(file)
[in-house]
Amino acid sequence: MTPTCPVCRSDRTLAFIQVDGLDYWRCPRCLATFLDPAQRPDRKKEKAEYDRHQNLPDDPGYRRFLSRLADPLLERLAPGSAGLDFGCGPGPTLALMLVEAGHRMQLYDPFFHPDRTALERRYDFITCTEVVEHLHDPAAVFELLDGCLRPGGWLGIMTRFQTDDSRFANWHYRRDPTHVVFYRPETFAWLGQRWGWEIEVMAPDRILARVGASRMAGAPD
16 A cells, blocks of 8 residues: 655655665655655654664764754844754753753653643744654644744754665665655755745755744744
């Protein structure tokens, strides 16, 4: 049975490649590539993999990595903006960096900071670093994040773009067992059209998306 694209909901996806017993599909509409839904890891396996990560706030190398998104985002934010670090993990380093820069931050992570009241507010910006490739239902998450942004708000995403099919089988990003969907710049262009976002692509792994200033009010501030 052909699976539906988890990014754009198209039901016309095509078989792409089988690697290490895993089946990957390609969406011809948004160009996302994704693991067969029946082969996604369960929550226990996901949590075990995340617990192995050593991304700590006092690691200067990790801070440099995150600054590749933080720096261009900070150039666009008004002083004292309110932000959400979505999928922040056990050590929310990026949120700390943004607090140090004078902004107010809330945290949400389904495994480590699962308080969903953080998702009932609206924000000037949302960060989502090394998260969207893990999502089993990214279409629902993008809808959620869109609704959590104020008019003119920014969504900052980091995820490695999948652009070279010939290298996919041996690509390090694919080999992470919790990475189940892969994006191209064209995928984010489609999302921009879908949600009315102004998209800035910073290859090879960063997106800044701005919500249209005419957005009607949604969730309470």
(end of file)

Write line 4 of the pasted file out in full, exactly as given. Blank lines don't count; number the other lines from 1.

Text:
């Protein structure tokens, strides 16, 4: 049975490649590539993999990595903006960096900071670093994040773009067992059209998306 694209909901996806017993599909509409839904890891396996990560706030190398998104985002934010670090993990380093820069931050992570009241507010910006490739239902998450942004708000995403099919089988990003969907710049262009976002692509792994200033009010501030 052909699976539906988890990014754009198209039901016309095509078989792409089988690697290490895993089946990957390609969406011809948004160009996302994704693991067969029946082969996604369960929550226990996901949590075990995340617990192995050593991304700590006092690691200067990790801070440099995150600054590749933080720096261009900070150039666009008004002083004292309110932000959400979505999928922040056990050590929310990026949120700390943004607090140090004078902004107010809330945290949400389904495994480590699962308080969903953080998702009932609206924000000037949302960060989502090394998260969207893990999502089993990214279409629902993008809808959620869109609704959590104020008019003119920014969504900052980091995820490695999948652009070279010939290298996919041996690509390090694919080999992470919790990475189940892969994006191209064209995928984010489609999302921009879908949600009315102004998209800035910073290859090879960063997106800044701005919500249209005419957005009607949604969730309470």